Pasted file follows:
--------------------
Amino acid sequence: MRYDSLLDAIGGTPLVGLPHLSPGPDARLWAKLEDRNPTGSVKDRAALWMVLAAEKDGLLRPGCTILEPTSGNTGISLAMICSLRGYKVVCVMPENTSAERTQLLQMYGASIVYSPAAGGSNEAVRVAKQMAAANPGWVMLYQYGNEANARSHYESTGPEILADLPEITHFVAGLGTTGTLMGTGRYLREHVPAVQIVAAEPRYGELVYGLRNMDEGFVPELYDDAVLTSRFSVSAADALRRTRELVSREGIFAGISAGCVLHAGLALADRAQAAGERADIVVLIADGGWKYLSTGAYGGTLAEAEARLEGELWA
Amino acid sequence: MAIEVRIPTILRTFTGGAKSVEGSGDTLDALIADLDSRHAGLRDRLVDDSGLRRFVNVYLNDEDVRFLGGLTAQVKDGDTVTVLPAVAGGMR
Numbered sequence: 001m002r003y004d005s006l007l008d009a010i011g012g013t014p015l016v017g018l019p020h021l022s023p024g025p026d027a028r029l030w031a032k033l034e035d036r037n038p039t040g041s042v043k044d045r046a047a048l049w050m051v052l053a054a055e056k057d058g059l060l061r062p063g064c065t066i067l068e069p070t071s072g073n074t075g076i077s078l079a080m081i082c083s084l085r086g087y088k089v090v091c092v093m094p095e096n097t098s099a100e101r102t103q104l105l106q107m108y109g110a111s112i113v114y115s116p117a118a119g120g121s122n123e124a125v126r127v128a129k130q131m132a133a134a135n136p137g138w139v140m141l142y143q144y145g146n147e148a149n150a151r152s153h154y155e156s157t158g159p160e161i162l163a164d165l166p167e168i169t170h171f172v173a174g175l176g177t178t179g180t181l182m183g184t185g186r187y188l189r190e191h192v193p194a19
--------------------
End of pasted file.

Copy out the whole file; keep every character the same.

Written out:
Amino acid sequence: MRYDSLLDAIGGTPLVGLPHLSPGPDARLWAKLEDRNPTGSVKDRAALWMVLAAEKDGLLRPGCTILEPTSGNTGISLAMICSLRGYKVVCVMPENTSAERTQLLQMYGASIVYSPAAGGSNEAVRVAKQMAAANPGWVMLYQYGNEANARSHYESTGPEILADLPEITHFVAGLGTTGTLMGTGRYLREHVPAVQIVAAEPRYGELVYGLRNMDEGFVPELYDDAVLTSRFSVSAADALRRTRELVSREGIFAGISAGCVLHAGLALADRAQAAGERADIVVLIADGGWKYLSTGAYGGTLAEAEARLEGELWA
Amino acid sequence: MAIEVRIPTILRTFTGGAKSVEGSGDTLDALIADLDSRHAGLRDRLVDDSGLRRFVNVYLNDEDVRFLGGLTAQVKDGDTVTVLPAVAGGMR
Numbered sequence: 001m002r003y004d005s006l007l008d009a010i011g012g013t014p015l016v017g018l019p020h021l022s023p024g025p026d027a028r029l030w031a032k033l034e035d036r037n038p039t040g041s042v043k044d045r046a047a048l049w050m051v052l053a054a055e056k057d058g059l060l061r062p063g064c065t066i067l068e069p070t071s072g073n074t075g076i077s078l079a080m081i082c083s084l085r086g087y088k089v090v091c092v093m094p095e096n097t098s099a100e101r102t103q104l105l106q107m108y109g110a111s112i113v114y115s116p117a118a119g120g121s122n123e124a125v126r127v128a129k130q131m132a133a134a135n136p137g138w139v140m141l142y143q144y145g146n147e148a149n150a151r152s153h154y155e156s157t158g159p160e161i162l163a164d165l166p167e168i169t170h171f172v173a174g175l176g177t178t179g180t181l182m183g184t185g186r187y188l189r190e191h192v193p194a19